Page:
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Good info.I am sharing the following tips to help people breathe easier when wearing a mask. Many have reported, in groups I participate in, that it makes their symptoms worse or they have new ones. It doesn’t have to be that way.

Medical professionals usually get training on this, though recently I have heard from them as well. This post is not intended as a place to debate the efficacy of masks, the validity of protocols to wear them or to shame or judge people people for their views.

I am a Breath Behavior Analyst. My specialty is the psychophysiology of breathing. That means how our breathing habits affect the body’s chemistry and nervous system regulation. This includes hormones and thermoregulation issues.

Since all the Covid Protocols came into effect I see so many people who are experiencing an increase of or new symptoms while wearing a mask. The majority of this is from habits we use to breathe while wearing a mask that work against us. Most of this is unconscious breathing behavior, but the good news is you can reverse it quite quickly.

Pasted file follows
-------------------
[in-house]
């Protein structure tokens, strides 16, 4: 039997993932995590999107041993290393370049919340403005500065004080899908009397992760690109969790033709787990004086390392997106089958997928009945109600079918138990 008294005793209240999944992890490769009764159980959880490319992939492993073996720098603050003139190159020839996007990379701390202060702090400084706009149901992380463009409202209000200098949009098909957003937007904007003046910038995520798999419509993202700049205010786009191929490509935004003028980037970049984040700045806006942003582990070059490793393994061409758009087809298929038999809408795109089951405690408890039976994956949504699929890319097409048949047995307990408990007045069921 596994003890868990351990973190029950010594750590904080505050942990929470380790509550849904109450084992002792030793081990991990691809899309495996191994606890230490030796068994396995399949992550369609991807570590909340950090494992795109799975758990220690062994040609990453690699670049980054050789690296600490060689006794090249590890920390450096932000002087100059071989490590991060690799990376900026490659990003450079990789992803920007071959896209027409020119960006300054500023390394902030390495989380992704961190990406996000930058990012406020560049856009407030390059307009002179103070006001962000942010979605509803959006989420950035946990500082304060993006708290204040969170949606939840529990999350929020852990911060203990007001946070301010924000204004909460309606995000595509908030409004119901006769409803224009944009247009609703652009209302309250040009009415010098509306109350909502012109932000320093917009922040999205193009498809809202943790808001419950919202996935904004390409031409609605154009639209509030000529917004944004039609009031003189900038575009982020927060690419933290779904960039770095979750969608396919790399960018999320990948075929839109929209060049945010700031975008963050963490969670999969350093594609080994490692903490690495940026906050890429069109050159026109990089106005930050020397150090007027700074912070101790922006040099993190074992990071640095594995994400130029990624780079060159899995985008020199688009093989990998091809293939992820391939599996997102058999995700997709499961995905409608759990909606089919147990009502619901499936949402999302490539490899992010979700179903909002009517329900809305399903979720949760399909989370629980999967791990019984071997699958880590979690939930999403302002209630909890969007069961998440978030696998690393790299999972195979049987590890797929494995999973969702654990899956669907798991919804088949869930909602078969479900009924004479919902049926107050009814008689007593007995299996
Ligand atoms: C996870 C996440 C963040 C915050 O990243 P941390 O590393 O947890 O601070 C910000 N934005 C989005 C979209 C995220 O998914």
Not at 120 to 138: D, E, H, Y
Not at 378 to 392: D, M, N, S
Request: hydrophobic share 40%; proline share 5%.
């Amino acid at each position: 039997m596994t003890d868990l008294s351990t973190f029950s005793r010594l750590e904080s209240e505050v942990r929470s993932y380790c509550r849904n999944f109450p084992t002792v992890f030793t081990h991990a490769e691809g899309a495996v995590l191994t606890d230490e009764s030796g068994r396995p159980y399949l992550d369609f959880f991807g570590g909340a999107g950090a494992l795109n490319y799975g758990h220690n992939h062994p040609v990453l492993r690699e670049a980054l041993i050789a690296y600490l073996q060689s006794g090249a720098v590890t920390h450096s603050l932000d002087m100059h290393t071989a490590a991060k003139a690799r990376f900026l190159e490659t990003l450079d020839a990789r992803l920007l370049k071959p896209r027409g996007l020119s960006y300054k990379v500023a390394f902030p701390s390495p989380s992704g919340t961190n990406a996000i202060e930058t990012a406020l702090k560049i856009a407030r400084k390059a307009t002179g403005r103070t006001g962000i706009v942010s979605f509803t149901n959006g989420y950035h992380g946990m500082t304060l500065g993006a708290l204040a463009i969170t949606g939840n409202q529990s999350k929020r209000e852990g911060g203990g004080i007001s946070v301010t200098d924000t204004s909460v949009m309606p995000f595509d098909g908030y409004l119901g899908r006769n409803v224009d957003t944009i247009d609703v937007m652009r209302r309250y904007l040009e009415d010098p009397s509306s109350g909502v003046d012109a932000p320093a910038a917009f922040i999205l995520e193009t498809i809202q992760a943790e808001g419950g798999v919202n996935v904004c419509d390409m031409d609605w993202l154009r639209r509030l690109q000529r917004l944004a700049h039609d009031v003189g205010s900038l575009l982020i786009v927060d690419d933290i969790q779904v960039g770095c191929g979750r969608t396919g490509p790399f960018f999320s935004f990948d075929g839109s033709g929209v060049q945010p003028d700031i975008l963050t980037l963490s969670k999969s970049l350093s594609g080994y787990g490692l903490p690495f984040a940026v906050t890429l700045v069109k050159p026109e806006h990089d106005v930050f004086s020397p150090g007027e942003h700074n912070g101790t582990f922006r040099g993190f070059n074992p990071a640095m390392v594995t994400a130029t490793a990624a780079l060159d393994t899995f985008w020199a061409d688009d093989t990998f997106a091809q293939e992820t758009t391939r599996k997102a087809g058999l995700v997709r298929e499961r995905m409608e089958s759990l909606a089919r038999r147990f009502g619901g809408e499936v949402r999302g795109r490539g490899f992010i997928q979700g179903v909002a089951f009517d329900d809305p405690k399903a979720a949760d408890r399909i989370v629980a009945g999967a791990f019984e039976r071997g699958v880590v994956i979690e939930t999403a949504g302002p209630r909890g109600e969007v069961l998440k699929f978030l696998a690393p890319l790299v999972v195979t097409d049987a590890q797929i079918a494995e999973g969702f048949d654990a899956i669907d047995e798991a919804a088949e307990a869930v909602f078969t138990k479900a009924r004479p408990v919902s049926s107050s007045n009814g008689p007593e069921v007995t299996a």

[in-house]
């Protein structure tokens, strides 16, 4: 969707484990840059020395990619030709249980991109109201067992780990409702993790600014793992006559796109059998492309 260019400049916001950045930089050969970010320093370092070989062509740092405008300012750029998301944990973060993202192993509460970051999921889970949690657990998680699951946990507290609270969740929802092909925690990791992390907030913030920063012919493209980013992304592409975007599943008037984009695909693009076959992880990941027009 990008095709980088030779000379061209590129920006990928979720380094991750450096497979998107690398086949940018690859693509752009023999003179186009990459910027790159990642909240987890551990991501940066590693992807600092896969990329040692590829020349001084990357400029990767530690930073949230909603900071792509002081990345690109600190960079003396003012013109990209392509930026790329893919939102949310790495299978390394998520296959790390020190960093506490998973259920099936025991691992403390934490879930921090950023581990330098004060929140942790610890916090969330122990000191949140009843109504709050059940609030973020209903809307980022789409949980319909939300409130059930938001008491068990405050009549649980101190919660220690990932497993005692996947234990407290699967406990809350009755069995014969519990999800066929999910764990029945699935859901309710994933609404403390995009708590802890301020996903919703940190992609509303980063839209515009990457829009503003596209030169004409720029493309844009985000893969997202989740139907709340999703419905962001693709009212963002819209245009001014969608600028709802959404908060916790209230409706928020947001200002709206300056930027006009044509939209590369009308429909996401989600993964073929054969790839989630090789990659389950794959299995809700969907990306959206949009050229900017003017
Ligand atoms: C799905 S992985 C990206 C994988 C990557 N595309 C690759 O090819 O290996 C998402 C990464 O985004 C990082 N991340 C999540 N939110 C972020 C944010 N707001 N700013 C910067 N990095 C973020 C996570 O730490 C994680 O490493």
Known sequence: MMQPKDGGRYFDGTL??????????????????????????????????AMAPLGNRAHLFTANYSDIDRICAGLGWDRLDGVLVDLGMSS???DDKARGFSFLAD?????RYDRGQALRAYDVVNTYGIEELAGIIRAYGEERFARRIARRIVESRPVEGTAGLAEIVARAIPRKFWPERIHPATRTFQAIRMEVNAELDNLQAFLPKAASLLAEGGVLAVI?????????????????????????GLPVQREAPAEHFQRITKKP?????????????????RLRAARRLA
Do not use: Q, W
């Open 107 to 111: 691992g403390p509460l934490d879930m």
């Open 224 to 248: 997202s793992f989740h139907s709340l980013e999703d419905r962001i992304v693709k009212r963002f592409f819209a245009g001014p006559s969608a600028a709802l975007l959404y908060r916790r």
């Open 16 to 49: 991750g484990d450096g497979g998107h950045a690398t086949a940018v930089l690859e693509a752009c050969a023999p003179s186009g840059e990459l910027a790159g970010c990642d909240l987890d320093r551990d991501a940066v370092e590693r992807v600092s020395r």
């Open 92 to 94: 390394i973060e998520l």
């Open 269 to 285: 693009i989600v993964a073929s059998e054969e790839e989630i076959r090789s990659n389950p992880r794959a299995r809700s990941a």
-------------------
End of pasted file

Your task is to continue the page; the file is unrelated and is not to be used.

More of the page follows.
I refuse to profit off of world pandemic. So I’m offering these tips and free help to anyone who needs more support after trying this for a few days. There is no catch, except maybe finally catching your breath.

1. Only wear a mask if you cannot social distance according to Covid-19 protocols. I do not advocate for or against mask-wearing as a precaution (there are enough people doing that) but I do advocate staying healthy with good breath hygiene while wearing one.

2. Nasal breathe only.
NEVER mouth breathe in a mask. Your nose thermoregulates and moistens the air to keep the lungs working properly and nasal hairs and mucus are the first line of defence for your immune system.

Mouth breathing drys the airway, restricts alveolar intake, and gives you zero protection from any particles you inhale. This triggers the sympathetic nervous system and a whole host of physical responses best known as the flight or fight response.